Ever feel a little bit afraid to drive across a new or newly repaired bridge? That's probably how the Fed is feeling a little bit right now when it comes to testing out a new banking regulation.
Capital One's proposed merger with ING and HSBC is providing the first big test of a Dodd-Frank measure requiring the Fed to scrutinize and potentially nix mergers that could add to the ranks of "Too Big to Fail" financial institutions so large their failure would threaten the financial system.
From Victoria McGrane and Maya Jackson Randall at The Wall Street Journal:
Capital One, the ninth-largest bank in the U.S. by deposits, was pressed by the Fed in an Aug. 29 letter for details about "the nature and dollar volume" of financial activities in which both companies are involved. The two-page letter also listed various financial markets that were troubled during the financial crisis, such as commercial paper, mortgage-backed securities, lending to foreign institutions through foreign-exchange swaps and derivatives trading.
Some banking-industry observers said they couldn't recall any previous proposed acquisitions in which the Fed asked some of the questions sent to Capital One. Above, a Capital One branch in New York last month.
Fed officials asked Capital One to describe any markets where the McLean, Va., bank and ING Direct USA are market makers and to report information about exposure to counterparties.
Several banking-industry experts said they couldn't recall any previous proposed acquisitions where the Fed asked some of the questions sent to Capital One.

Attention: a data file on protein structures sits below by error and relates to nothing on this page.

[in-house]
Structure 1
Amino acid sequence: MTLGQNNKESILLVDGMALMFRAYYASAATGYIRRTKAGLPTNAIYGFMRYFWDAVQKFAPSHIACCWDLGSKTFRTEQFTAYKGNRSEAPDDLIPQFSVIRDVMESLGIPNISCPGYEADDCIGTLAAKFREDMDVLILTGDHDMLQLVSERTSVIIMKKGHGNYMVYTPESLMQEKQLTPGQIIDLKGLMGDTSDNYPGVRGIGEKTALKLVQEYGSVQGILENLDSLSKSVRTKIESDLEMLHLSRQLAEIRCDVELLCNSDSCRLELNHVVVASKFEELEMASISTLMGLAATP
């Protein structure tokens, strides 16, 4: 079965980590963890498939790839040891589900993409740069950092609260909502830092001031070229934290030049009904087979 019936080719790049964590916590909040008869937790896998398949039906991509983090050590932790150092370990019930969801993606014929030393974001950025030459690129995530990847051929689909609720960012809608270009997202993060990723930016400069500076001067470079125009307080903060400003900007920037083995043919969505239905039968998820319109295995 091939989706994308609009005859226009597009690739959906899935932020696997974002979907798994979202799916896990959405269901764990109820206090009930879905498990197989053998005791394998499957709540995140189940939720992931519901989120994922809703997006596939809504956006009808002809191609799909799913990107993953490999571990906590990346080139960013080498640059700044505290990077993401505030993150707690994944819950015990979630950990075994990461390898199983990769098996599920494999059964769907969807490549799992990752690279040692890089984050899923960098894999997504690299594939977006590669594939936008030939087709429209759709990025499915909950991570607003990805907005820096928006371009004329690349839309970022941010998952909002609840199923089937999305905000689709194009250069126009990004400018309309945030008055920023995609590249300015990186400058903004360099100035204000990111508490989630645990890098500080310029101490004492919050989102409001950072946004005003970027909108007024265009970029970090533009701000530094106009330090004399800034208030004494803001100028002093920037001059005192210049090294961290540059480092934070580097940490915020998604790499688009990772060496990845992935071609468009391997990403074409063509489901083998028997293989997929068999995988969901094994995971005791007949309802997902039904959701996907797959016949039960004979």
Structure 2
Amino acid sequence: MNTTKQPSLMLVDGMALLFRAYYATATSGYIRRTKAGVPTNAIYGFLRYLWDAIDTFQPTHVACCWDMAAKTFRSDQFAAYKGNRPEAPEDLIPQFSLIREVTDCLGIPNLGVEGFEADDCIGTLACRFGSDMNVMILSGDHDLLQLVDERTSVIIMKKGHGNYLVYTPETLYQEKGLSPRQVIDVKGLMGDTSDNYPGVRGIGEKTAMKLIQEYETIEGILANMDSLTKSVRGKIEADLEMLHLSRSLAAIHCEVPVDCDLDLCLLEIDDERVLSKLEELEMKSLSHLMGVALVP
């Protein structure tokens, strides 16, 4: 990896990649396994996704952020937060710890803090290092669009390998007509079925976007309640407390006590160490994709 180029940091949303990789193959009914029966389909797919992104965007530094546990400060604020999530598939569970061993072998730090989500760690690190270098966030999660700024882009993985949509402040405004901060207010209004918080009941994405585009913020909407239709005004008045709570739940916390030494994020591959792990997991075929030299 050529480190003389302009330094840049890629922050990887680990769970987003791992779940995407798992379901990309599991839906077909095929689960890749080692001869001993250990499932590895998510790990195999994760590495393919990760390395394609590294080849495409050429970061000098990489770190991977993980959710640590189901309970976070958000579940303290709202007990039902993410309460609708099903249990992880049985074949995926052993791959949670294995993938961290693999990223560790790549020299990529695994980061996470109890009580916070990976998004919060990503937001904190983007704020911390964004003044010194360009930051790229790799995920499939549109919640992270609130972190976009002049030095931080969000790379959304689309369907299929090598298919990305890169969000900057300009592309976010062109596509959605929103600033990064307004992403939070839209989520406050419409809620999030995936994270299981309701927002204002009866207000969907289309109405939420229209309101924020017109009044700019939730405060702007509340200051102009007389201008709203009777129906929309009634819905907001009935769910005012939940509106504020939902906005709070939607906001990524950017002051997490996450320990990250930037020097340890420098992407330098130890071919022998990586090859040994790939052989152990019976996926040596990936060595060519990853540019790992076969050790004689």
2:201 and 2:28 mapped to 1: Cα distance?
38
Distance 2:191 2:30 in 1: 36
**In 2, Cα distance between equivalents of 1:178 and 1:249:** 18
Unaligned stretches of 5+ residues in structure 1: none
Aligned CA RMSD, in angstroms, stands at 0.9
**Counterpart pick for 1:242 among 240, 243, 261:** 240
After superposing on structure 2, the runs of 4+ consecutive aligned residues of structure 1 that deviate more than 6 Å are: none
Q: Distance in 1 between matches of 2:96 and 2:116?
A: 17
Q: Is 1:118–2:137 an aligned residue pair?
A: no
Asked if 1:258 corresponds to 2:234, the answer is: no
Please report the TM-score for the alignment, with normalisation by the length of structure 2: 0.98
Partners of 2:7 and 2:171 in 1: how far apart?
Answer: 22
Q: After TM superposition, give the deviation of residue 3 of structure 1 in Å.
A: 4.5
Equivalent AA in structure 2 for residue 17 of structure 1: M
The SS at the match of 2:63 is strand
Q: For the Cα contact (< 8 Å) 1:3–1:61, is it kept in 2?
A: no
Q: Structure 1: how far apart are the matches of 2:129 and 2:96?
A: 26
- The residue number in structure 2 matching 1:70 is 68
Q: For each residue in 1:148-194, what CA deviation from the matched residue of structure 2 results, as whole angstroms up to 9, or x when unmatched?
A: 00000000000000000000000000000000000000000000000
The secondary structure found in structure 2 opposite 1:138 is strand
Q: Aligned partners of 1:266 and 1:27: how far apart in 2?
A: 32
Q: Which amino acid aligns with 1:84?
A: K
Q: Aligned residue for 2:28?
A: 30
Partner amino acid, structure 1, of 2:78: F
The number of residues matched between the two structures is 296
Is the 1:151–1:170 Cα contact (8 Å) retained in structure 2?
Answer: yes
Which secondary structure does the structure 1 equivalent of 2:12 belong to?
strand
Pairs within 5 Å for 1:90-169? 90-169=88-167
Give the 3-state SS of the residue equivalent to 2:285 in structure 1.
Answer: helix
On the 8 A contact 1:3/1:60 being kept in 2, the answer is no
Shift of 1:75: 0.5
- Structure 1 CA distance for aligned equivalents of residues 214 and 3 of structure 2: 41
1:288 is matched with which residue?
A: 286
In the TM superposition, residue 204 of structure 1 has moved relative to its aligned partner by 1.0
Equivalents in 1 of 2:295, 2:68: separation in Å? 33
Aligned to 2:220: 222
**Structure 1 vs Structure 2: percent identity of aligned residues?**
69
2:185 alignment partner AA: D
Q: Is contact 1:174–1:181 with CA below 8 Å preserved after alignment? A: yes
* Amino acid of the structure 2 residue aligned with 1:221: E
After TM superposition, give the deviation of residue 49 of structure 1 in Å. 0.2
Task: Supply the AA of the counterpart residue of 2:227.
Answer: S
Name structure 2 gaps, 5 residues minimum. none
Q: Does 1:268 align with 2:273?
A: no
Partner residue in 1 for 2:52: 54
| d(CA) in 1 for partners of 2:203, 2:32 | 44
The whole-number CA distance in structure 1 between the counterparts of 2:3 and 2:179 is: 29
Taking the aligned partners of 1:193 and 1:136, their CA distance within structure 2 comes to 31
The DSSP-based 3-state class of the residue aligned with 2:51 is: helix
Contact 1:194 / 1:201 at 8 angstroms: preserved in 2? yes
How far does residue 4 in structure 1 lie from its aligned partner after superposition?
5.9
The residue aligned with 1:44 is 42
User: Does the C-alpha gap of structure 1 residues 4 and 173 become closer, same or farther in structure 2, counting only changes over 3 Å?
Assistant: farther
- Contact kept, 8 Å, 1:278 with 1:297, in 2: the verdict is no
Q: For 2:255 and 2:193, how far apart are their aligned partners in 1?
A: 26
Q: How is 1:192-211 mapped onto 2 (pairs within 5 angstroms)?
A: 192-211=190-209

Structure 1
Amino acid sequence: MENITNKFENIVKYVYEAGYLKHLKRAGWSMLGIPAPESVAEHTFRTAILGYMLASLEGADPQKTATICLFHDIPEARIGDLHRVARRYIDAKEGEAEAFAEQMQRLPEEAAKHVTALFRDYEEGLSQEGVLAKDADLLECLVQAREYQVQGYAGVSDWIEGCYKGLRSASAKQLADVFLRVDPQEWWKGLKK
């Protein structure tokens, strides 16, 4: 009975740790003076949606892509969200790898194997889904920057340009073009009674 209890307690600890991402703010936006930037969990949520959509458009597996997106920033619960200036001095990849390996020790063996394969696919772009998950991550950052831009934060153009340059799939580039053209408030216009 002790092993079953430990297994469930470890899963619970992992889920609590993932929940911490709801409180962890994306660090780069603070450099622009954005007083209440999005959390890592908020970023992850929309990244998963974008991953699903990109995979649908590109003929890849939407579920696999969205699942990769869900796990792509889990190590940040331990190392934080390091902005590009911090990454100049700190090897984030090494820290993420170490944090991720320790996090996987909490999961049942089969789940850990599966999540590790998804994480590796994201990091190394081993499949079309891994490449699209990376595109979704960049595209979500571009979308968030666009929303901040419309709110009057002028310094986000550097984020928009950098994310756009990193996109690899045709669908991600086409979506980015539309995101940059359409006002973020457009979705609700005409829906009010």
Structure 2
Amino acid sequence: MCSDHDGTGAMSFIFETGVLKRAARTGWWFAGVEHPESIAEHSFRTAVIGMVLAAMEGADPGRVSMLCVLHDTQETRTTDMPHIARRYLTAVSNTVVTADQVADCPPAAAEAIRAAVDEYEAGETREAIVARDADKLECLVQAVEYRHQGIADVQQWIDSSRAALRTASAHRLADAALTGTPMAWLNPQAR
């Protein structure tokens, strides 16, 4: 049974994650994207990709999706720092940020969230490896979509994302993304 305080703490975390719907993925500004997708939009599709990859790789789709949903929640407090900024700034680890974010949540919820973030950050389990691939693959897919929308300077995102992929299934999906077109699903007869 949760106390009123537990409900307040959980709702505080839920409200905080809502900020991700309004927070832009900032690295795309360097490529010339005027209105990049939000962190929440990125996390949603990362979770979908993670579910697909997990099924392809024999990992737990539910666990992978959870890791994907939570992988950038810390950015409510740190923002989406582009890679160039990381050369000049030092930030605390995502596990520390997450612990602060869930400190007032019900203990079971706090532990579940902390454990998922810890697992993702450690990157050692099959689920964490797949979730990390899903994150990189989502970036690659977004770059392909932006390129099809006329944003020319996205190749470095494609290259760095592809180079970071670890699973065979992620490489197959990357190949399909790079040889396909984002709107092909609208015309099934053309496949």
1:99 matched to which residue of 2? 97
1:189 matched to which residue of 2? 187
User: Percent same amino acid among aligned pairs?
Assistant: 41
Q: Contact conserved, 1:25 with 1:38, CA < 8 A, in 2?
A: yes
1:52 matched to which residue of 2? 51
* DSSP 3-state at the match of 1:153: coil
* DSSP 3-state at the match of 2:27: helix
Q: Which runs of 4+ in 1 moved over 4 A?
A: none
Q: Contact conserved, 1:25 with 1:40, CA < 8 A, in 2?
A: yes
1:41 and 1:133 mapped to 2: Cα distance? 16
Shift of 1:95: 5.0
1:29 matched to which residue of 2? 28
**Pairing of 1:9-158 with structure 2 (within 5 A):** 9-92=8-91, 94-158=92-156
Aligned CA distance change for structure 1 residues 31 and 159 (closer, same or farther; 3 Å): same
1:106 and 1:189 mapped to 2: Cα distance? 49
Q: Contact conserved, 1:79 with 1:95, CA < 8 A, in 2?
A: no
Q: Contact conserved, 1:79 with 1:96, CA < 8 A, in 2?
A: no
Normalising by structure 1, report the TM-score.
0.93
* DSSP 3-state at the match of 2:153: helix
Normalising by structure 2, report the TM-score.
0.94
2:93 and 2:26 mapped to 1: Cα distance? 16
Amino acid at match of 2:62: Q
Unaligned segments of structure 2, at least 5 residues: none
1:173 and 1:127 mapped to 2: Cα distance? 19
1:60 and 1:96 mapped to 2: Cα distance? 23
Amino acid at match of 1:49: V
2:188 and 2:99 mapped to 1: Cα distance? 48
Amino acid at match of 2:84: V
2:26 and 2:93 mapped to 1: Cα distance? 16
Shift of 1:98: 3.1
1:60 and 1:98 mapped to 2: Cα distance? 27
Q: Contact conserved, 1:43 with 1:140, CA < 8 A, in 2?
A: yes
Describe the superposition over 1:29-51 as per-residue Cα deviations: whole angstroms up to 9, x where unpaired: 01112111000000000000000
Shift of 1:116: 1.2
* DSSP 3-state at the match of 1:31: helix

The article goes on to say that if the mergers go through, Capital One would be the fifth largest bank in the country by deposits and the seventh biggest by assets.
I'm glad regulators are going to have to take a closer look at applicants to the "Too Big To Fail" club going forward. Had they been a little more skeptical of big bank mergers in the go-go '90s and aughts, we'd probably be better off now.
Still, I wish the Fed would spend a little more time looking at the concerns of accountholders when it's considering approving mergers. As I've written about on this blog before, mergers can be extremely disruptive to customers, affecting everything from branches to interest rates. Just yesterday one of the political commentators I follow on Twitter posted the following:
"I can't get an old bank statement because Chase ate my old bank, ugh."
That's a valid concern, and one I hadn't considered before. Access to old statements can be really, really important, especially at tax season. During my freelancing days, I often turned to bank statements before to find and tally business expenses paid, since I wasn't always amazing at holding on to old bills and receipts. Any disruption to that access would have been really tough to deal with.
What do you think? Do bank mergers negatively affect customers? Should the Fed take that into account when approving mergers?